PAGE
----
June 1, 2015

What scares Bill Gates: Pandemic flu

Daily Briefing

    What keeps Bill Gates up at night? The billionaire philanthropist and entrepreneur tells Vox's Ezra Klein the biggest threat to humanity is another global disease pandemic—and the world is not prepared.

    Gates notes that disease pandemics have been fatal on a large scale before: the Spanish Flu of 1918 killed approximately 65 million people, matching the death toll of World War II.

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    A vulnerable world

    When Gates had researchers model the effect of a Spanish Flu-like illness on the modern world, the results shocked him. Even with advances in modern medicine, they predicted a similar disease would kill 33 million people in 250 days.

    "Within 60 days it's basically in all urban centers around the entire globe," Gates says, adding, "That didn't happen with the Spanish Flu."

    His researchers found that about 50 times more people travel internationally today than they did in 1918. As a result, diseases spread faster and are more difficult to track.

    "If you look at the H1N1 flu in 2009, it had spread around the world before we even knew it existed," says Ron Klain, who President Obama appointed as America's "Ebola Czar." He adds that the world's bumpy experience fighting Ebola—which is relatively easy to contain compared with other pathogens—should be a wake-up call.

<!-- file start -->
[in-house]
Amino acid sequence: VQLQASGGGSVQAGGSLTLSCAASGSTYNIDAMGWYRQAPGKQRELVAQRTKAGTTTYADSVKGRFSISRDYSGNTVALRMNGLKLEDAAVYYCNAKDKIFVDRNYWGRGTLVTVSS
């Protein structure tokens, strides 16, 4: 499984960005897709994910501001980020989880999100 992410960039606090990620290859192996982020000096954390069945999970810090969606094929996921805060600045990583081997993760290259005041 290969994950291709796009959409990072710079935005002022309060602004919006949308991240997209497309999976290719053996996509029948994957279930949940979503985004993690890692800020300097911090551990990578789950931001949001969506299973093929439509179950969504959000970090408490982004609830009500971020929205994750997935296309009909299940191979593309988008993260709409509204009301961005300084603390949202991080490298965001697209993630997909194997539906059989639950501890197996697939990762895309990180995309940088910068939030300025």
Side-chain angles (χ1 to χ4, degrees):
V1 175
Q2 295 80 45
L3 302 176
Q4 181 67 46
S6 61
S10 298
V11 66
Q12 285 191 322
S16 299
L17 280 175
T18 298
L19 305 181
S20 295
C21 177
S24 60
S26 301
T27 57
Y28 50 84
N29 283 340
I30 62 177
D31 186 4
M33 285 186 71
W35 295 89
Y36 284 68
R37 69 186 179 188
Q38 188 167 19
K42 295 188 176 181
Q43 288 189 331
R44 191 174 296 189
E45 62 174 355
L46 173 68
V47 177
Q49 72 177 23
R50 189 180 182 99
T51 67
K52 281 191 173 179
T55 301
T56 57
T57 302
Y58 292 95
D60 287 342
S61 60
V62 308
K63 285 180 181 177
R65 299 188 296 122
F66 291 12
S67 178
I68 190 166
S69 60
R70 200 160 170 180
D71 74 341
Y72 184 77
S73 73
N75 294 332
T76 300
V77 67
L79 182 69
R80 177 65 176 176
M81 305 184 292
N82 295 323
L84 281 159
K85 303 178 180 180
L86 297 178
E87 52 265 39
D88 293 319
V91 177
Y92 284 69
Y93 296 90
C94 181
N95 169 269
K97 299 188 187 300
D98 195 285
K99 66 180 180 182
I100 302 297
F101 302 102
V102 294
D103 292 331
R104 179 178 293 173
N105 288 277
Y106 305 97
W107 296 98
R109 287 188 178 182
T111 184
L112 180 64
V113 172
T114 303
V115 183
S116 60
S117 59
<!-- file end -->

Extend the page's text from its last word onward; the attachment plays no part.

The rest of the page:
Pandemic flu "would be much more contagious than Ebola," Klain warns. "The people who are contagious may not have visible symptoms. It could break out in a highly populous country that sends thousands of travelers a day to the [United States]."

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    Building infrastructure

    CDC director Thomas Frieden says the best way to guard against future outbreaks is to invest in basic public health infrastructure—especially in the developing world. "That means laboratories for finding specimens, getting them tested, and discovering what's spreading," Frieden explains. "It means field epidemiologists. It means emergency operation centers."

    According to Frieden, such investments only cost approximately a dollar per person per year. "It doesn't cost nearly as much as building a fancy hospital in your capital," Frieden says. The larger challenge to improving the world's response to disease outbreaks may be political.

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    For example, "Guinea did not want to declare an Ebola epidemic because in terms of investors and travel, it's a death sentence," Gates points out. Some countries might also be too weak to respond to outbreaks because of internal strife or unstable governments.

    As a result, international bodies such as the World Health Organization (WHO) are critical to responding to outbreaks, Vox's Klein says. But "WHO is underpowered for the problems it's meant to solve," Klein concludes.

    That is why Gates urges more resources and more preparation to respond to infectious disease outbreaks. During the Ebola outbreak, "where was the equivalent of the military reserve" to respond to the Ebola outbreak, Gates asks. "What are the quarantine rules? It was completely ad hoc."

    Klain agrees. "This is the hole in the global system," he says (Klein, Vox, 5/27).

    The takeaway: Bill Gates warns that a global disease pandemic could kill 33 million people in 250 days—and that the world is not prepared for such an outbreak.

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